February 18, 2019 The article below, “Nigeria’s balanced and diverse relationship with China is key to sustainability,” provides a useful examination of the healthy bilateral relationship that China has developed with Nigeria, especially during the administration of President Buhari.  It is also important to note that Nigeria has officially joined China’s Belt and Road Initiative in January of this year. (excerpts below followed by a link to complete article) 1)    Infrastructure Nigeria has one of the largest infrastructure deficits in the world; two thirds of the population still does not have access to safe water and over half of the population has no access to reliable electricity. Logistics costs are also extremely high; it costs more to transport a good from Lagos in Nigeria’s South to Kano in the North (1000km), than it does to ship a good from Shanghai to Lagos (over 12,000 km). Nigeria’s government is investing in infrastructure, but external funding is needed. As cited in the National Integrated Infrastructure Master-plan (NIIMP) developed by Nigeria’s Ministry for Planning in 2015, it is estimated that the country requires $3 trillion over the next 30 years, with $500 billion required in the first 10 years. This estimate, which has wide sectoral scope, is reached by comparing Nigeria’s core infrastructure stock of around 20-25% GDP to international benchmarks of around 70%. Yet, even as the government increased its budget allocation for capital expenditure to 30% in 2017, this remains at least 80% short of the annual amount prescribed by NIIMP. Alongside self-funding new infrastructure, Nigeria has also looked to the World Bank, European Commission and African Development Bank as sources of infrastructure capital. Yet while they might have the risk tolerance and investment horizons, their capital remains diluted over a number of countries. In its 60 years of operation in Nigeria, the World Bank has invested on average $100 million on infrastructure a year – significant but still a drop in the ocean versus Nigeria’s needs… 3)    Manufacturing     While Nigeria is the richest economy in Africa, with the largest population and one of the better educated work forces, 4 in every 10 people still remain unemployed. Nigeria needs more inclusive industrialization that creates jobs for all, as opposed to focusing solely on sectors such as oil. Opportunities lie in the manufacturing sector, which creates more jobs through stronger forward and backwards economic linkages than any other sector. Nigeria is again leveraging its relationship with China here. Some Chinese manufacturers have started relocating production to Nigeria, partly in response to rising wages in China and to take full advantage of the size of Nigeria’s domestic market. Sun Ceramics is one such example; they produce ceramics the size of 10 football fields every day, employ over 1,000 locals and also source all their raw materials from Nigeria. If it weren’t for Nigeria’s difficult business environment, Chinese firms claim they would commit greater amounts of investment. Stronger ties to stand the test of time. Nigeria, however, has managed to…build a balanced and more diverse relationship with China. Nigeria’s relationship with China extends beyond resources and infrastructure to security, financial planning and sharing of best-practice in manufacturing, to name a few areas of cooperation. Particularly in the realms of security cooperation; the Chinese have found an area that helps win them local support on the ground in Nigeria given a near-universal desire to eliminate insurgent forces. Nigeria also recognizes that the size of its domestic market offers the largest opportunity in Africa for Chinese companies; and that has helped to improve the balance in the relationship. It is this combination of balance and diversification that is key to a sustainable relationship with China. Read: Nigeria’s Balanced and Diverse Relationship with China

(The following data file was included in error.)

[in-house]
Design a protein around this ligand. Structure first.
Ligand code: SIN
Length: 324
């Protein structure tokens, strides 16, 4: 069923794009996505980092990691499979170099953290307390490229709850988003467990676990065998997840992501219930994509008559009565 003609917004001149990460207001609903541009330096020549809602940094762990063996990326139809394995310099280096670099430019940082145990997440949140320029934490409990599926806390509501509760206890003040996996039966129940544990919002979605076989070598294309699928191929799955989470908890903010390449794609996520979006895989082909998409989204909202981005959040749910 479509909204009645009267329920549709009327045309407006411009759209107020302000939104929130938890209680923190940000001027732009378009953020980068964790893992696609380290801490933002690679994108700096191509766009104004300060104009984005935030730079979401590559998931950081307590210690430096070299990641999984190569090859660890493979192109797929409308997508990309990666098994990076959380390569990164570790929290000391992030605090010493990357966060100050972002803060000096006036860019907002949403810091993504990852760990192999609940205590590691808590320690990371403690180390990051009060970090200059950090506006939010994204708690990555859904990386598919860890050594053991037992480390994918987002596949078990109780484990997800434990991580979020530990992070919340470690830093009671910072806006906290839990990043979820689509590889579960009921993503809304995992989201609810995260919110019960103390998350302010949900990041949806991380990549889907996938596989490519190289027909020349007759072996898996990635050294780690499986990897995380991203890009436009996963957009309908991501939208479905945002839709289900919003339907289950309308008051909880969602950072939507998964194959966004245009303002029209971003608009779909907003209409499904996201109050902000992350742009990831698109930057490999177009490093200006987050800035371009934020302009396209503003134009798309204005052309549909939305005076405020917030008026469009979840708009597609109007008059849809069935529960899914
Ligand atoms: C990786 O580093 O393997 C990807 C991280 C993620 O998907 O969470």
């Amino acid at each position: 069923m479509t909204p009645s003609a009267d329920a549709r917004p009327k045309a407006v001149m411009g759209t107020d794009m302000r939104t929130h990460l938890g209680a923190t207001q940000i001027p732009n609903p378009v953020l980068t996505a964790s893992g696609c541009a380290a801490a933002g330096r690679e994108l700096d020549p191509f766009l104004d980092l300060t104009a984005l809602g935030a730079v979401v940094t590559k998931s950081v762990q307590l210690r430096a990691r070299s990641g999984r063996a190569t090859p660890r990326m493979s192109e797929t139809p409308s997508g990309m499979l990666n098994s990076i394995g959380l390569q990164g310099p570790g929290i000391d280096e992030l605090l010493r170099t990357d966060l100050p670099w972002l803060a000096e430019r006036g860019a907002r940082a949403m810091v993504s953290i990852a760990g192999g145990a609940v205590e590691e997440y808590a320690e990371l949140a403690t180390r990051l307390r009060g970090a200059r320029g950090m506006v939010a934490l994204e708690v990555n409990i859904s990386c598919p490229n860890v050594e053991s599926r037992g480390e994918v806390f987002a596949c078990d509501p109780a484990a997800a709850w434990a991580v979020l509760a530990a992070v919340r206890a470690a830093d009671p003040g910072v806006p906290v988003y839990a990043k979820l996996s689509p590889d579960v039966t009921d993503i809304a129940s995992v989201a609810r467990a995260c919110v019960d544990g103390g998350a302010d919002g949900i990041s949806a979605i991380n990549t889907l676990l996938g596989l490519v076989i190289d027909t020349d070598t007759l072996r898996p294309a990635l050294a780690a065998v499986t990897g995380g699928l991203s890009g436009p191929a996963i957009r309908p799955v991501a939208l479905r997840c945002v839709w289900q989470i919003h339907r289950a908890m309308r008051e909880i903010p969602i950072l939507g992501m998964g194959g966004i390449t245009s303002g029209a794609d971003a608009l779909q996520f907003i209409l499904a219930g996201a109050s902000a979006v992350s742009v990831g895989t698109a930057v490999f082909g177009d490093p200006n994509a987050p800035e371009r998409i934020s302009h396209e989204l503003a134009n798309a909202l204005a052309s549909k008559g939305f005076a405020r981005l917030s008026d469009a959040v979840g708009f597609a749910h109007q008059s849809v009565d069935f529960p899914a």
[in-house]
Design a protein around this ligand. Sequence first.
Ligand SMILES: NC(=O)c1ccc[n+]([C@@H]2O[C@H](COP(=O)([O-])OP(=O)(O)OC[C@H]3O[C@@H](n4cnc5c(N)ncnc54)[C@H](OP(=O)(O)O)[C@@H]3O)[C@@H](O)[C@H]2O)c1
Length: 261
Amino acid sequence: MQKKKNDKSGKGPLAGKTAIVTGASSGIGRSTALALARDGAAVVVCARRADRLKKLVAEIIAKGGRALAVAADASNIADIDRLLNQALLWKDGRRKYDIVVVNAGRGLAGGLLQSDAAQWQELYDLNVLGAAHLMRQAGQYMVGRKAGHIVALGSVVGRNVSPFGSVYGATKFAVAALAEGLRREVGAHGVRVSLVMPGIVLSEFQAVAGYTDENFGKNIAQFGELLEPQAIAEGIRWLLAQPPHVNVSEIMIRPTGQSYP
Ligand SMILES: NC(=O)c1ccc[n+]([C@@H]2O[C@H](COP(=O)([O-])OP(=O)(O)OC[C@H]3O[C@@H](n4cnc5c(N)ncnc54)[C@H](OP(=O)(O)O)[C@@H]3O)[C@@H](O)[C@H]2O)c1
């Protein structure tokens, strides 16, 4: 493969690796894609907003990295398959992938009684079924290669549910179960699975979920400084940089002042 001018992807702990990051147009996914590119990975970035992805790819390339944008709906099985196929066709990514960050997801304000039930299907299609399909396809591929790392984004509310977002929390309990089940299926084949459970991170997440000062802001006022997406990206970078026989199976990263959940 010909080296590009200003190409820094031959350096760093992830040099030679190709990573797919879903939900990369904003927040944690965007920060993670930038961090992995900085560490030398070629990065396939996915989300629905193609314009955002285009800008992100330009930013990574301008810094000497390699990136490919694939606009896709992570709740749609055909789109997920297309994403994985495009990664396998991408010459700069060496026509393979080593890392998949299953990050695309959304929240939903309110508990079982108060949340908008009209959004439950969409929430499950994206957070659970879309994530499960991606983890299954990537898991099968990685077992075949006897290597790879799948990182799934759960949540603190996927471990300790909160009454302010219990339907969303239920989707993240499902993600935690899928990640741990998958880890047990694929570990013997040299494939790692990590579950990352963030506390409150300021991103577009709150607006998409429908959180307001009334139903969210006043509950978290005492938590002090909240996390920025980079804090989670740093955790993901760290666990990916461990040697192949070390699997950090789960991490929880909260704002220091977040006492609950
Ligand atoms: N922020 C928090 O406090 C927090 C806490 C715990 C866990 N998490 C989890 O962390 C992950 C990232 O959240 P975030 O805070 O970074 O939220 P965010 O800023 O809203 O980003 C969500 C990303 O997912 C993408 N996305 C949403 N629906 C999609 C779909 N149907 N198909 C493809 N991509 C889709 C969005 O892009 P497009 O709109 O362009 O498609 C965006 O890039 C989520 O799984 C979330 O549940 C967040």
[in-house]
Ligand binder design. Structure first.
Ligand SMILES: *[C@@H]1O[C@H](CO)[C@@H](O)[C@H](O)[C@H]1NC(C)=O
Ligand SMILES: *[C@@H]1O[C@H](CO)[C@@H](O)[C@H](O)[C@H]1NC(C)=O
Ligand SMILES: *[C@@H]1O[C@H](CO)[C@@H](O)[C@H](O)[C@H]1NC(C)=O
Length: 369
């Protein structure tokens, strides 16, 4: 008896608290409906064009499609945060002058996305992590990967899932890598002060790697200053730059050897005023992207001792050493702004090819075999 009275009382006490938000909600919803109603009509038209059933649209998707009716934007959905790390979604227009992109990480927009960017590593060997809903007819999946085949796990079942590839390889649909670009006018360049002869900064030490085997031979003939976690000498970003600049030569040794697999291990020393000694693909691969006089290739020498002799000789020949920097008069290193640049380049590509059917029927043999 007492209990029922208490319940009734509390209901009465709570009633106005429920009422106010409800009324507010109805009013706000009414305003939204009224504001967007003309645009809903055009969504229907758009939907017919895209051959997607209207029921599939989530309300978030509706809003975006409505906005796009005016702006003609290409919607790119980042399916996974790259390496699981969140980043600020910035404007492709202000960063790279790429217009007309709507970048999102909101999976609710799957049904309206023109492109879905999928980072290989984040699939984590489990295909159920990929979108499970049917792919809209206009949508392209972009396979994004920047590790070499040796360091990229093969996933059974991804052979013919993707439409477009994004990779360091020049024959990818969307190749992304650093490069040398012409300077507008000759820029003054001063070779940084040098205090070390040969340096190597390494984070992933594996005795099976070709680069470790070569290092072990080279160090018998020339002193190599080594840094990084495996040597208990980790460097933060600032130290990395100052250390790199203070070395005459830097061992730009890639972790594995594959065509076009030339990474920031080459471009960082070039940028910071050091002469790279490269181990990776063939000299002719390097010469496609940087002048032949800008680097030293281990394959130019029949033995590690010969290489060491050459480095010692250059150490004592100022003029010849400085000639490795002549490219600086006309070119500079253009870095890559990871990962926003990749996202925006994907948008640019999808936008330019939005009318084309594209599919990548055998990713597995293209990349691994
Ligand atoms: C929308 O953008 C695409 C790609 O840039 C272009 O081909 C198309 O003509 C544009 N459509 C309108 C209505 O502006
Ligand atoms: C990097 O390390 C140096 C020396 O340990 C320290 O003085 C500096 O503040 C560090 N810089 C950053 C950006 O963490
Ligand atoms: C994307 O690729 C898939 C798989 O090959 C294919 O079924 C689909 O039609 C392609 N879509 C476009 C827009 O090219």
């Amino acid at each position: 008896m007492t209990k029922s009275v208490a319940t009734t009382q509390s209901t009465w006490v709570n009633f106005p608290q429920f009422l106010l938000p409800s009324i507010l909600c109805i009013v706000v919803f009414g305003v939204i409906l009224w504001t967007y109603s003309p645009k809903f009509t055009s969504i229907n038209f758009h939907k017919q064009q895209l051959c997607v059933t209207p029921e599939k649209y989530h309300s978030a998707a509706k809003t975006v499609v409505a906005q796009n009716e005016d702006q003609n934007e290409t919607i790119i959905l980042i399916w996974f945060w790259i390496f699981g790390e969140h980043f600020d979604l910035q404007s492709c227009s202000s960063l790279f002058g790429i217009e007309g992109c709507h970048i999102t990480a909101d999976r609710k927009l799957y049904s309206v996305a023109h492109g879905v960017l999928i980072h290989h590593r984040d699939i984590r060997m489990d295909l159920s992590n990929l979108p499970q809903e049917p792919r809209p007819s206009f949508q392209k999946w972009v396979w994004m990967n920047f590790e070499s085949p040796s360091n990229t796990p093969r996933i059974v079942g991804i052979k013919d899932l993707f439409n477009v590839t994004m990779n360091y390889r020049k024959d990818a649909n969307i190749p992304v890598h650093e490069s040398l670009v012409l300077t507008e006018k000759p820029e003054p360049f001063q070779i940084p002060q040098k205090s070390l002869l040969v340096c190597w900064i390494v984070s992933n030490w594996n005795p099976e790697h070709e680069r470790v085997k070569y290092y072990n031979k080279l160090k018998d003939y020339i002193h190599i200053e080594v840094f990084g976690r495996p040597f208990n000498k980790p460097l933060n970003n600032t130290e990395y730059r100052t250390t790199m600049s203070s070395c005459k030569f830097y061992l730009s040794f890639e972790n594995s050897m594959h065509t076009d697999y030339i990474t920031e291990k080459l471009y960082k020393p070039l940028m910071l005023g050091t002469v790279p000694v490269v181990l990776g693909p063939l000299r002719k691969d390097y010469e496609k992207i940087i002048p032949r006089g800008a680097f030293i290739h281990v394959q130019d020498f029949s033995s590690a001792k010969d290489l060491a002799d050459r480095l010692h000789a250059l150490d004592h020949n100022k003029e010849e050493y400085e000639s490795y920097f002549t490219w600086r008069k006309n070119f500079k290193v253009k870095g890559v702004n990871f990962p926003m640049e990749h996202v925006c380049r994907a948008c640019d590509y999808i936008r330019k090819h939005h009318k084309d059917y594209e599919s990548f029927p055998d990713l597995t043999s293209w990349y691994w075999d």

Guardian of Nigeria Publishes “Proposal for Nigeria’s Future” by Lawrence Freeman

The Guardian of Nigeria published on Monday, January 28, 2019, my article: “Proposal for Nigeria’s Future”  with included pictures of President Trump, President Xi, and myself that were omitted from the on-line article.

US-China ‘Trade War’: What Implications For Nigeria?

October 13, 2018
My comments on the potential effects for Nigeria and Africa from a trade war between the US and China are quoted below in an article by “The Herald” a national Nigerian newspaper. (Not all of my comments are reported with complete accuracy)
The Herald Nigeria

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Positive Developments for Nigeria : Railway  Infrastructure and Value Addition in Agriculture

Bellow is a very informative article by my colleague, PD Lawton, creator of the website, on Nigeria’s expansion of its railroad network and its policy to become food self sufficient. 

11 July 2021

Under the visionary leadership of President Muhammadu Buhari, Nigeria has become a key African partner in the Belt and Road Initiative. The benefits of Nigeria`s participation in the BRI are outlined in this article:

President Buhari has said that Nigeria cannot be seen as an island, that the country will never have peace and prosperity while its neighbours live in poverty.

In saying that, he expressed the spirit of the New Silk Road, the Belt and Road Initiative, and the ethos of a shared future for mankind.

It is for that reason that President Buhari has championed extension of the railway into Niger.The Nigerian Railway Modernization Project will revolutionize national and regional trade.

The railway network will be extended to Maradi in Niger which is one of the landlocked neighbours along with Burkina Faso and Chad who currently only have road access to sea ports in Accra in Ghana, Cotonou in Benin and Lome in Togo. In September 2020, the Nigerian government announced the funding of $1.9 billion to construct the 250km line from Kano to Maradin, a village in Niger. In Maradin, warehouses will be built for cargo.